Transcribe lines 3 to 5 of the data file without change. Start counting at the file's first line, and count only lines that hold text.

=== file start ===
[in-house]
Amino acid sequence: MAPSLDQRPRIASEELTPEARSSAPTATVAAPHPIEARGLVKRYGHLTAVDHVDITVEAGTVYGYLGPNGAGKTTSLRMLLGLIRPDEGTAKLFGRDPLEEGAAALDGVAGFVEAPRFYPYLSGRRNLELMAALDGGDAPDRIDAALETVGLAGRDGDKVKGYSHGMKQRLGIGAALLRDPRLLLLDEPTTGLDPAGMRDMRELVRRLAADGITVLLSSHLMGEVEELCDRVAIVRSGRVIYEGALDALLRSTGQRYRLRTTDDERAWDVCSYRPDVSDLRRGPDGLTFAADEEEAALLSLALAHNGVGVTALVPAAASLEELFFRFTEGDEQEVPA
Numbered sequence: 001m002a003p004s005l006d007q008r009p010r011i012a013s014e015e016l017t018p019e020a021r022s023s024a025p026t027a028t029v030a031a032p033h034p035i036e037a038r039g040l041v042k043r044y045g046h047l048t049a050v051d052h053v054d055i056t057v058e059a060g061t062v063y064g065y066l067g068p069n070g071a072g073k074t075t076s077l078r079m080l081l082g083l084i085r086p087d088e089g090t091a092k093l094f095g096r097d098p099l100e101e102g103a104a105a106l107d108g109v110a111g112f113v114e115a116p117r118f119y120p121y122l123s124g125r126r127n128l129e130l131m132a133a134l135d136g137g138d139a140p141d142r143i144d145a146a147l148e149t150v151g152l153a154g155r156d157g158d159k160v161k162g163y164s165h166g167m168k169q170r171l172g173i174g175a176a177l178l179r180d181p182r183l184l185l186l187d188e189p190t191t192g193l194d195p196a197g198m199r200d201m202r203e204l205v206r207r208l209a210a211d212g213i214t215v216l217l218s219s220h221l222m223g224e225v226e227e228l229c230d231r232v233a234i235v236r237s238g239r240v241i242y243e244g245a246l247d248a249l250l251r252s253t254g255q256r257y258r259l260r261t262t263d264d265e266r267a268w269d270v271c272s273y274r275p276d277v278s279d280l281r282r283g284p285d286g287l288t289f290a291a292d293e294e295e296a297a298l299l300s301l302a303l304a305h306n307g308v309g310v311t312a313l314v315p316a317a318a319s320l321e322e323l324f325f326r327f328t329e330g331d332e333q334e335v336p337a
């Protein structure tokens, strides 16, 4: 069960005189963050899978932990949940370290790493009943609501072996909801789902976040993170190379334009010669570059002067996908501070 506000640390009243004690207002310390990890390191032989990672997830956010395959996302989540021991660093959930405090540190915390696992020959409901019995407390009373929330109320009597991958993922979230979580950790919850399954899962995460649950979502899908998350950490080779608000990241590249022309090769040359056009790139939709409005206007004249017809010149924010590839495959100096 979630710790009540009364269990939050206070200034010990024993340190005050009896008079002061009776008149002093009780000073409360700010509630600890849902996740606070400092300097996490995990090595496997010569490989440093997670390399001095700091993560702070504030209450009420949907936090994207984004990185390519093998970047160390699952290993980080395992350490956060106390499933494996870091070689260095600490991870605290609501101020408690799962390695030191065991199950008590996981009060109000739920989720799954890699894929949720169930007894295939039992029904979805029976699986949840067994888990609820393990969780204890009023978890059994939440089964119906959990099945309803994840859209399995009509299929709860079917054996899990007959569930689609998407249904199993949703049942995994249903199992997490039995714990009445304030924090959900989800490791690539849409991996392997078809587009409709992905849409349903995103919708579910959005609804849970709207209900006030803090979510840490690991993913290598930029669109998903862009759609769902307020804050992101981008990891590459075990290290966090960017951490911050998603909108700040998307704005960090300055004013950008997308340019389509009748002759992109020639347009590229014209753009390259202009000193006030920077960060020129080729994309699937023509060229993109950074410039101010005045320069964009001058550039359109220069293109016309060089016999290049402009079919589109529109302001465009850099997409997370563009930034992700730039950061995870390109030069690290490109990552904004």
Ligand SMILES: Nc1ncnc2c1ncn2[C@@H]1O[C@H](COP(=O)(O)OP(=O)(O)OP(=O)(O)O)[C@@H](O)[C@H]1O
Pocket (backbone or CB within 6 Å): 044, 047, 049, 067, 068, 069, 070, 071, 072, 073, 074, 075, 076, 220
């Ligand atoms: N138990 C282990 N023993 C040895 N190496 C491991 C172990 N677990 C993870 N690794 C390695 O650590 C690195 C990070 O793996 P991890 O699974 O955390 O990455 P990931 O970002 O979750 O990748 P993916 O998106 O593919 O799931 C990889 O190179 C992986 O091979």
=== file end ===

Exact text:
Numbered sequence: 001m002a003p004s005l006d007q008r009p010r011i012a013s014e015e016l017t018p019e020a021r022s023s024a025p026t027a028t029v030a031a032p033h034p035i036e037a038r039g040l041v042k043r044y045g046h047l048t049a050v051d052h053v054d055i056t057v058e059a060g061t062v063y064g065y066l067g068p069n070g071a072g073k074t075t076s077l078r079m080l081l082g083l084i085r086p087d088e089g090t091a092k093l094f095g096r097d098p099l100e101e102g103a104a105a106l107d108g109v110a111g112f113v114e115a116p117r118f119y120p121y122l123s124g125r126r127n128l129e130l131m132a133a134l135d136g137g138d139a140p141d142r143i144d145a146a147l148e149t150v151g152l153a154g155r156d157g158d159k160v161k162g163y164s165h166g167m168k169q170r171l172g173i174g175a176a177l178l179r180d181p182r183l184l185l186l187d188e189p190t191t192g193l194d195p196a197g198m199r200d201m202r203e204l205v206r207r208l209a210a211d212g213i214t215v216l217l218s219s220h221l222m223g224e225v226e227e228l229c230d231r232v233a234i235v236r237s238g239r240v241i242y243e244g245a246l247d248a249l250l251r252s253t254g255q256r257y258r259l260r261t262t263d264d265e266r267a268w269d270v271c272s273y274r275p276d277v278s279d280l281r282r283g284p285d286g287l288t289f290a291a292d293e294e295e296a297a298l299l300s301l302a303l304a305h306n307g308v309g310v311t312a313l314v315p316a317a318a319s320l321e322e323l324f325f326r327f328t329e330g331d332e333q334e335v336p337a
């Protein structure tokens, strides 16, 4: 069960005189963050899978932990949940370290790493009943609501072996909801789902976040993170190379334009010669570059002067996908501070 506000640390009243004690207002310390990890390191032989990672997830956010395959996302989540021991660093959930405090540190915390696992020959409901019995407390009373929330109320009597991958993922979230979580950790919850399954899962995460649950979502899908998350950490080779608000990241590249022309090769040359056009790139939709409005206007004249017809010149924010590839495959100096 979630710790009540009364269990939050206070200034010990024993340190005050009896008079002061009776008149002093009780000073409360700010509630600890849902996740606070400092300097996490995990090595496997010569490989440093997670390399001095700091993560702070504030209450009420949907936090994207984004990185390519093998970047160390699952290993980080395992350490956060106390499933494996870091070689260095600490991870605290609501101020408690799962390695030191065991199950008590996981009060109000739920989720799954890699894929949720169930007894295939039992029904979805029976699986949840067994888990609820393990969780204890009023978890059994939440089964119906959990099945309803994840859209399995009509299929709860079917054996899990007959569930689609998407249904199993949703049942995994249903199992997490039995714990009445304030924090959900989800490791690539849409991996392997078809587009409709992905849409349903995103919708579910959005609804849970709207209900006030803090979510840490690991993913290598930029669109998903862009759609769902307020804050992101981008990891590459075990290290966090960017951490911050998603909108700040998307704005960090300055004013950008997308340019389509009748002759992109020639347009590229014209753009390259202009000193006030920077960060020129080729994309699937023509060229993109950074410039101010005045320069964009001058550039359109220069293109016309060089016999290049402009079919589109529109302001465009850099997409997370563009930034992700730039950061995870390109030069690290490109990552904004």
Ligand SMILES: Nc1ncnc2c1ncn2[C@@H]1O[C@H](COP(=O)(O)OP(=O)(O)OP(=O)(O)O)[C@@H](O)[C@H]1O